Military Wiki
Sir Edward Ashmore
Born 11 December 1919(1919-12-11) (age 103)
Place of birth Queenstown, Ireland
Allegiance United Kingdom United Kingdom
Service/branch Naval Ensign of the United Kingdom.png Royal Navy
Years of service 1938–1977
Rank Admiral of the Fleet
Commands held HMS Alert
HMS Blackpool
Western Fleet
Battles/wars World War II
Cold War
Third Cod War
Awards Knight Grand Cross of the Order of the Bath
Distinguished Service Cross
Mention in Despatches

Admiral of the Fleet Sir Edward Beckwith Ashmore, GCB DSC (born 11 December 1919) is a former senior Royal Navy officer. He served in World War II and then commanded two frigates before achieving higher command in the Navy. He served as First Sea Lord and Chief of the Naval Staff in the mid-1970s and in that role he advised the incoming Labour Government on a major defence review and on the implications of the Turkish invasion of Cyprus. He went on to be Chief of the Defence Staff serving briefly in a caretaker capacity following the death of his predecessor.

Naval career

Born the son of Vice-Admiral Sir Leslie Haliburton Ashmore DSO and Tamara Vasilevna Ashmore (née Schutt)[1] and brother of Vice-Admiral Sir Peter Ashmore, KCB, KCVO, DSC, who was the Master of the Household to the Queen from 1973 to 1986,[2] Ashmore was educated at various schools including Yardley Court in Kent and then at the Royal Naval College, Dartmouth.[3] He joined the Royal Navy as a cadet in September 1933 and was posted to the cruiser HMS Frobisher in May 1937 and then, having been promoted to midshipman, to the battleship HMS Rodney in September 1937.[3] He transferred to the cruiser HMS Birmingham on the China Station January 1938 and was promoted to sub-lieutenant on 1 September 1939.[3]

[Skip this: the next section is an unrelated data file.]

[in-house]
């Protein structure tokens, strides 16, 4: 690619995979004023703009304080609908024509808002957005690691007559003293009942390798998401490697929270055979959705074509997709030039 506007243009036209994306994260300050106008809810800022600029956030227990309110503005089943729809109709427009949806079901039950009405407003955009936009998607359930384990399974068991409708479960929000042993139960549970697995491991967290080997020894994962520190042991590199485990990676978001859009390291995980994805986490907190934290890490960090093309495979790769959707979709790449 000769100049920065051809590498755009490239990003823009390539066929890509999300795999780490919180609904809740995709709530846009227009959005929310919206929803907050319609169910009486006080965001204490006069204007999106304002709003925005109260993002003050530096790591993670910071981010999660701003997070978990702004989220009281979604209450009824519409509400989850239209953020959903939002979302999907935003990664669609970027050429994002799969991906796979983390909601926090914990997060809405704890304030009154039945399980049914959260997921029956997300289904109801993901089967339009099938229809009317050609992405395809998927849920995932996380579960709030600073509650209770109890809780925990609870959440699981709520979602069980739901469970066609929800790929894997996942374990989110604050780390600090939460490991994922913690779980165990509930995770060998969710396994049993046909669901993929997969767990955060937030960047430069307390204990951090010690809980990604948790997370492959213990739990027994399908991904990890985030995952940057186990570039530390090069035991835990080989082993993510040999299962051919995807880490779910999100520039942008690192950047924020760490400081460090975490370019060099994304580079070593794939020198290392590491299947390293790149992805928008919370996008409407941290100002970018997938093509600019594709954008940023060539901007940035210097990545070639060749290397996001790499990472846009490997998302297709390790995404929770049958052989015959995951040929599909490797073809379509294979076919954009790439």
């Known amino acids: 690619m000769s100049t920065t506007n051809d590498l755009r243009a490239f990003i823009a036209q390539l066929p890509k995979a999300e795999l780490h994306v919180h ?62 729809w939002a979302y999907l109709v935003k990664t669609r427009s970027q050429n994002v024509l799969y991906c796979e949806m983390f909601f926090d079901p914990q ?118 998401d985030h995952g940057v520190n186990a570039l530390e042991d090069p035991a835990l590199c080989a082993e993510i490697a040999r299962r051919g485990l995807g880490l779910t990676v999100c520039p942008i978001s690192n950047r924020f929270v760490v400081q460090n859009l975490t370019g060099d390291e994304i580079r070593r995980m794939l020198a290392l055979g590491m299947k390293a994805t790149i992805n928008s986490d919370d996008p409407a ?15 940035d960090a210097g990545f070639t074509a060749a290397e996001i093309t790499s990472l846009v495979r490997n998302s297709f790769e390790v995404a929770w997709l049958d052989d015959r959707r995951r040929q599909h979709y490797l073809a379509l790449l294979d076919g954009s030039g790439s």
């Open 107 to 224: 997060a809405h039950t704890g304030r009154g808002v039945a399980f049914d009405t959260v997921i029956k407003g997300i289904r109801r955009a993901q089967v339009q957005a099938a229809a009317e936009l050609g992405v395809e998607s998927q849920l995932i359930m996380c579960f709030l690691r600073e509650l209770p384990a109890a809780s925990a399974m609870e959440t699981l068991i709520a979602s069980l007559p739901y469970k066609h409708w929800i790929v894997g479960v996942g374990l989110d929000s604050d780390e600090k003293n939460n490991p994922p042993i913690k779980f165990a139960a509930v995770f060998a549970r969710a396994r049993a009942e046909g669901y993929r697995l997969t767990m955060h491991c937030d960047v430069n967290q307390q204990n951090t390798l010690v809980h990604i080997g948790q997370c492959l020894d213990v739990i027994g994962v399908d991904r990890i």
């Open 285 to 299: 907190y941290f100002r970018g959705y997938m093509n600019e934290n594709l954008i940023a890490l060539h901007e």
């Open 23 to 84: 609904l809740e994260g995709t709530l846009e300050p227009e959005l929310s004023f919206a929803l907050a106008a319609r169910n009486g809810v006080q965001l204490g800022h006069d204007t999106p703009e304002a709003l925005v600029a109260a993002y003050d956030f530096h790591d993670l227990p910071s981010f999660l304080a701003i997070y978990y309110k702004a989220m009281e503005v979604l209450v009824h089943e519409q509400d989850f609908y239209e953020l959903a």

Ashmore was posted to the destroyer HMS Jupiter in January 1940, early in World War II, and saw action during the Norwegian Campaign.[3] Promoted to lieutenant on 1 January 1941, he transferred to the destroyer HMS Middleton in June 1941 and took part in the Arctic Convoys and as well as a convoy to relieve Malta in June 1942: it was during this latter operation that he was awarded the Distinguished Service Cross.[4] In August 1942 he went to Russia to help evacuate the survivors of the ill-fated Convoy PQ 17.[3] He attended signals and radar training courses in 1943 and was posted to the staff of the Commander-in-Chief, Home Fleet, as Fleet Wireless Assistant in December 1943.[3] He became Squadron Signal Officer for the 4th Cruiser Squadron in September 1944 and helped provide naval support during the Battle of Okinawa in April 1945.[5] In that capacity he experienced a Kamikaze air attack in July 1945 and observed the signing of the Japanese Instrument of Surrender on USS Missouri in September 1945.[5] He was mentioned in despatches for distinguished service in the Far East on 11 June 1946.[6]